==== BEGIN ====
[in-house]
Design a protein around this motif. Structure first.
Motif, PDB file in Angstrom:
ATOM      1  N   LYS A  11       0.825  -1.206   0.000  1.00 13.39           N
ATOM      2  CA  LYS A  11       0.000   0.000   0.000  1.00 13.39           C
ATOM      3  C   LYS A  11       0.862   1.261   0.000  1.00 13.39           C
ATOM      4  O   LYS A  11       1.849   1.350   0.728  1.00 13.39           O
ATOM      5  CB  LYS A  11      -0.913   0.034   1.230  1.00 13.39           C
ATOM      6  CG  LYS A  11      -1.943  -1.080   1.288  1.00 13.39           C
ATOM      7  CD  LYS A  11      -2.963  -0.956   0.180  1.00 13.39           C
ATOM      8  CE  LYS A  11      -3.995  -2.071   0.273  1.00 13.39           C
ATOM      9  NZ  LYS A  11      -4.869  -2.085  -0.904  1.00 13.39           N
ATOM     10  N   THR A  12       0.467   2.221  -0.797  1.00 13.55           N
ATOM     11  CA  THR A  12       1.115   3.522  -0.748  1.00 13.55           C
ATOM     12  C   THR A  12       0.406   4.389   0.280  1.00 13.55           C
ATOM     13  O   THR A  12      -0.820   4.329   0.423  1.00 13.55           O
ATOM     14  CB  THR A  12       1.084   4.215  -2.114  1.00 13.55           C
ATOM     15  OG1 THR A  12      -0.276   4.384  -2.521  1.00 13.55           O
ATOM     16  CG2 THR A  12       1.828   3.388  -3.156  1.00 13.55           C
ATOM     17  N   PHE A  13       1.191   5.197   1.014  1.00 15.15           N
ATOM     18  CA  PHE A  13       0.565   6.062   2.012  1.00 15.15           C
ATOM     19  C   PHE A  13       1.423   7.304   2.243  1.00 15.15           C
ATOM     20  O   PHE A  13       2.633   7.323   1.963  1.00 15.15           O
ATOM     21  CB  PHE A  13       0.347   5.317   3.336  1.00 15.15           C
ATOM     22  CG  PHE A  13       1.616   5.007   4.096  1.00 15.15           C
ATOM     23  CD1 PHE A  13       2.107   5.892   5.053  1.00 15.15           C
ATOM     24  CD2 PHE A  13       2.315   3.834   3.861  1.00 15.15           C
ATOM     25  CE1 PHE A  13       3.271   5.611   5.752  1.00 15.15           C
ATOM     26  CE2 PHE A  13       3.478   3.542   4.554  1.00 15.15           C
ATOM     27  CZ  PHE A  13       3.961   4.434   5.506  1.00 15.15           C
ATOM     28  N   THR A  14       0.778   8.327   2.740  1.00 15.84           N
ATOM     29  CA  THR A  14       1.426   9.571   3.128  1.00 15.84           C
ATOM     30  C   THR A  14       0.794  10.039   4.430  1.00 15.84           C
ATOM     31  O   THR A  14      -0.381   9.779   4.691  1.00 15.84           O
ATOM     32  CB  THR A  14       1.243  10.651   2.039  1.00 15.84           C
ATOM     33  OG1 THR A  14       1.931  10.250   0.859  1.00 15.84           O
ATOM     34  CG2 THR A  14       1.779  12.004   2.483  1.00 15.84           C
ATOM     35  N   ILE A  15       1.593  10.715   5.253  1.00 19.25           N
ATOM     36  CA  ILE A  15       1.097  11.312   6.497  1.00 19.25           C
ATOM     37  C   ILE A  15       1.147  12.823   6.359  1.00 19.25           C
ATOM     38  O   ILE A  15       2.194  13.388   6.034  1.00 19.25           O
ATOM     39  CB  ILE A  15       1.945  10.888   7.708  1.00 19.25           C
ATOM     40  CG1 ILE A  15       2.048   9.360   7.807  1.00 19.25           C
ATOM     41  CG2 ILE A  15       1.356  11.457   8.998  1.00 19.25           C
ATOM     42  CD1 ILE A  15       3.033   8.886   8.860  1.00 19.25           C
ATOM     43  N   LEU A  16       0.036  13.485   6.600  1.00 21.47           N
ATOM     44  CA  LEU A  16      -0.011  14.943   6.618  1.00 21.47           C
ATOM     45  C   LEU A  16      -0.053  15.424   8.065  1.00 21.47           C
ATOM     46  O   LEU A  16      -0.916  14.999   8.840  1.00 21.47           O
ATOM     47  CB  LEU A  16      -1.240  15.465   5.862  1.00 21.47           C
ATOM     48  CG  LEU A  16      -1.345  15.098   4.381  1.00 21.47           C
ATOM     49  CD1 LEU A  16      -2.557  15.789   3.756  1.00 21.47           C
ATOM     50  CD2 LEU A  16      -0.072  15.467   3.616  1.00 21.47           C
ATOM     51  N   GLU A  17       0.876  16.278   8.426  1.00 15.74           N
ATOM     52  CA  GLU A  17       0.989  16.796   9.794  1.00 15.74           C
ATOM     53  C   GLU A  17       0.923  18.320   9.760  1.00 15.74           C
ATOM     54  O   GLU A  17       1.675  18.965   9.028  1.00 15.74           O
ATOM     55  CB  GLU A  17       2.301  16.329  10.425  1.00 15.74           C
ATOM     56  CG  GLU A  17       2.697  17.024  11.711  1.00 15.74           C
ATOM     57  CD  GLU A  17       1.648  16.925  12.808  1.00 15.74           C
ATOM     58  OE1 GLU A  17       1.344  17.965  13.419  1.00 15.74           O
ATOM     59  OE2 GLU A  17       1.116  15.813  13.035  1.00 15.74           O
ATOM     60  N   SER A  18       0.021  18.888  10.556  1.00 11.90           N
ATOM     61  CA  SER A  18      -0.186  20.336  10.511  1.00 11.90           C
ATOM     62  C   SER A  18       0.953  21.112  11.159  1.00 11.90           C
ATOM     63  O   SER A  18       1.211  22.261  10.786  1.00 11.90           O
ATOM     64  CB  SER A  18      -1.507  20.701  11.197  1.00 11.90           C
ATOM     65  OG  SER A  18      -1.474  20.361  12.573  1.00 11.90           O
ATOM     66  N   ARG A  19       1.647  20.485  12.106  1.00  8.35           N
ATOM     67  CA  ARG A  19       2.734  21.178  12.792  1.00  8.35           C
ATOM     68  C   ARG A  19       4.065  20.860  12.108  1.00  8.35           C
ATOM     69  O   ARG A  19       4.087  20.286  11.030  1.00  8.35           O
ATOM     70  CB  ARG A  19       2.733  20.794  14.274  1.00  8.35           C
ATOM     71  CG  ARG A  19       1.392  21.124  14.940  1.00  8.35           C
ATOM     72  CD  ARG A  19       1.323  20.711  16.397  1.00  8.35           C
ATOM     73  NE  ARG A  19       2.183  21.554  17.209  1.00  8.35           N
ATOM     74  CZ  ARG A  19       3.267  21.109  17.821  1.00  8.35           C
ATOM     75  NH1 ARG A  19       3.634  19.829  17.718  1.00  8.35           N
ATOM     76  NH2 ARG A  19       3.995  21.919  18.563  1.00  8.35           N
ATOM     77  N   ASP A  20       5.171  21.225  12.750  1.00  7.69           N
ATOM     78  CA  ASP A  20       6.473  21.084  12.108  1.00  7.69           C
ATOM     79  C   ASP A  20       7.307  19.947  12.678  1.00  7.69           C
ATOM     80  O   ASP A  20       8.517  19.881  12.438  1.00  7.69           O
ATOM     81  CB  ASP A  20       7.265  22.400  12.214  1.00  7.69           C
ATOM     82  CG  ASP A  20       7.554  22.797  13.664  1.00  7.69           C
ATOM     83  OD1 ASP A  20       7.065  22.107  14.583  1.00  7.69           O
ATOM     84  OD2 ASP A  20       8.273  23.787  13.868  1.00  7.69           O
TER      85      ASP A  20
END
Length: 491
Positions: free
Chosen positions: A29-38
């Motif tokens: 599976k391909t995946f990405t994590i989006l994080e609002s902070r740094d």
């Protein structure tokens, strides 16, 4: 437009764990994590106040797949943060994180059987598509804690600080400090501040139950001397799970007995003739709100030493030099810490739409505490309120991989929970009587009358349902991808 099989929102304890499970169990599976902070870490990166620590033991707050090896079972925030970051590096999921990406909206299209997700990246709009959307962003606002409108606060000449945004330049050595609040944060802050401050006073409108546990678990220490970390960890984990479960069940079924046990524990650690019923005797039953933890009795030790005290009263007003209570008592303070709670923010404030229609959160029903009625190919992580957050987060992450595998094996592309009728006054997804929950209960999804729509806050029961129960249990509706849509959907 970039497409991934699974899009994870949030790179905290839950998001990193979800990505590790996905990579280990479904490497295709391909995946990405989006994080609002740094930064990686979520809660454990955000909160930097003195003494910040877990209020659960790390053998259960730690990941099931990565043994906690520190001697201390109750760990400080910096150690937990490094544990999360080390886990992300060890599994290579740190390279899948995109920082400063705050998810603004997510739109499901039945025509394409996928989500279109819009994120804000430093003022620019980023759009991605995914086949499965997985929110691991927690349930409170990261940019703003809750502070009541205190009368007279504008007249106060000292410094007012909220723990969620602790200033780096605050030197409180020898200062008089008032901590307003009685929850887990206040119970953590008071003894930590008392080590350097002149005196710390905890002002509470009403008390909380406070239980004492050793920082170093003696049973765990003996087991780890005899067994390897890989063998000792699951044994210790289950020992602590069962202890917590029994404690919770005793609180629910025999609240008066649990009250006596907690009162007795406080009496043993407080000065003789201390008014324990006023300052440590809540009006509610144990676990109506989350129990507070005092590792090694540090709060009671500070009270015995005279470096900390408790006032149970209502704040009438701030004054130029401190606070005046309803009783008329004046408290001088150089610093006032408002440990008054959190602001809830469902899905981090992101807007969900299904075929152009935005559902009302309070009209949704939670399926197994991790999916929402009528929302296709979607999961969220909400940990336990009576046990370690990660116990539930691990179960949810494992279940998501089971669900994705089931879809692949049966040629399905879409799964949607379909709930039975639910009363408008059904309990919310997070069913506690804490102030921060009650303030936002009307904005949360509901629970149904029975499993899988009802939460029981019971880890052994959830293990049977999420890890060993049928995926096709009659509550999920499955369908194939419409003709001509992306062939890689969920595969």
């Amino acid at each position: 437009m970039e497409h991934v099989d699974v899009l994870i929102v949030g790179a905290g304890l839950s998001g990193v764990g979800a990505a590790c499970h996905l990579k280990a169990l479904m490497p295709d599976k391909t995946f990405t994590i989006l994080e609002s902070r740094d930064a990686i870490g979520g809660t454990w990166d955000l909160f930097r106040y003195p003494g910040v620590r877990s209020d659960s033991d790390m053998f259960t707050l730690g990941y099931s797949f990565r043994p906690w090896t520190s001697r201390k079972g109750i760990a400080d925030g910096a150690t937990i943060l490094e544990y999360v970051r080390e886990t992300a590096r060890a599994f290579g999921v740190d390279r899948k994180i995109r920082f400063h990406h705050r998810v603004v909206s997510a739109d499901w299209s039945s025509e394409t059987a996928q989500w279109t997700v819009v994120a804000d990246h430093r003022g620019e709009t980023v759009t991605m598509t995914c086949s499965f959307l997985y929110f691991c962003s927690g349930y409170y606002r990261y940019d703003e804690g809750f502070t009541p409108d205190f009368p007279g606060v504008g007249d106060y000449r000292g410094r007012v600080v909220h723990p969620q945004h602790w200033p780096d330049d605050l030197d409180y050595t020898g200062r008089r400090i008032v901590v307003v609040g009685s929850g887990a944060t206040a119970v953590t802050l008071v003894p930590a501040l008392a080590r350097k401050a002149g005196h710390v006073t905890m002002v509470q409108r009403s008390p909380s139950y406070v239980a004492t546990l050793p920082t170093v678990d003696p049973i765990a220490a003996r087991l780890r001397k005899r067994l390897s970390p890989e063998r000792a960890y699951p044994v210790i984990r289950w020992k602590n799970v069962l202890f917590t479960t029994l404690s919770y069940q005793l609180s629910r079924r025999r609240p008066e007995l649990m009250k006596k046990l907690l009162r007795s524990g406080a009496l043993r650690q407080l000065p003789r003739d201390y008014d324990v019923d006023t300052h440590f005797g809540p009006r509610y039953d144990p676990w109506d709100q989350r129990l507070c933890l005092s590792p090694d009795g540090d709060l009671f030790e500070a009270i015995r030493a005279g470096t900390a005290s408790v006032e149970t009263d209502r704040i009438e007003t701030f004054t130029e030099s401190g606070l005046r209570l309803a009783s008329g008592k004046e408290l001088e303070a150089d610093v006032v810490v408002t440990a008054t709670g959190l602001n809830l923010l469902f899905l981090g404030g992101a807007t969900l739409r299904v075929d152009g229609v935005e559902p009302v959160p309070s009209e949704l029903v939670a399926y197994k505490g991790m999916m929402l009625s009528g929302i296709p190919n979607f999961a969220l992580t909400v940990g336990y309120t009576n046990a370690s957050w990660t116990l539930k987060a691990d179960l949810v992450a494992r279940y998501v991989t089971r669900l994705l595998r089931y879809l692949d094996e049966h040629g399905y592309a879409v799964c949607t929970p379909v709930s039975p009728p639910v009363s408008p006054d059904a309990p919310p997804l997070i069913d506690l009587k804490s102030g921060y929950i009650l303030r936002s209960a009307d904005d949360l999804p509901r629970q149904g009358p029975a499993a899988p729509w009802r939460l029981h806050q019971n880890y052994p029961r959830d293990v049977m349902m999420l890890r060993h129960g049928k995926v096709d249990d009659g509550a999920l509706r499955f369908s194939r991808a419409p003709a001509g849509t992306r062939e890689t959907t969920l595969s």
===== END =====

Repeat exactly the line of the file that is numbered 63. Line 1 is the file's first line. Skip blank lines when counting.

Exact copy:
ATOM     60  N   SER A  18       0.021  18.888  10.556  1.00 11.90           N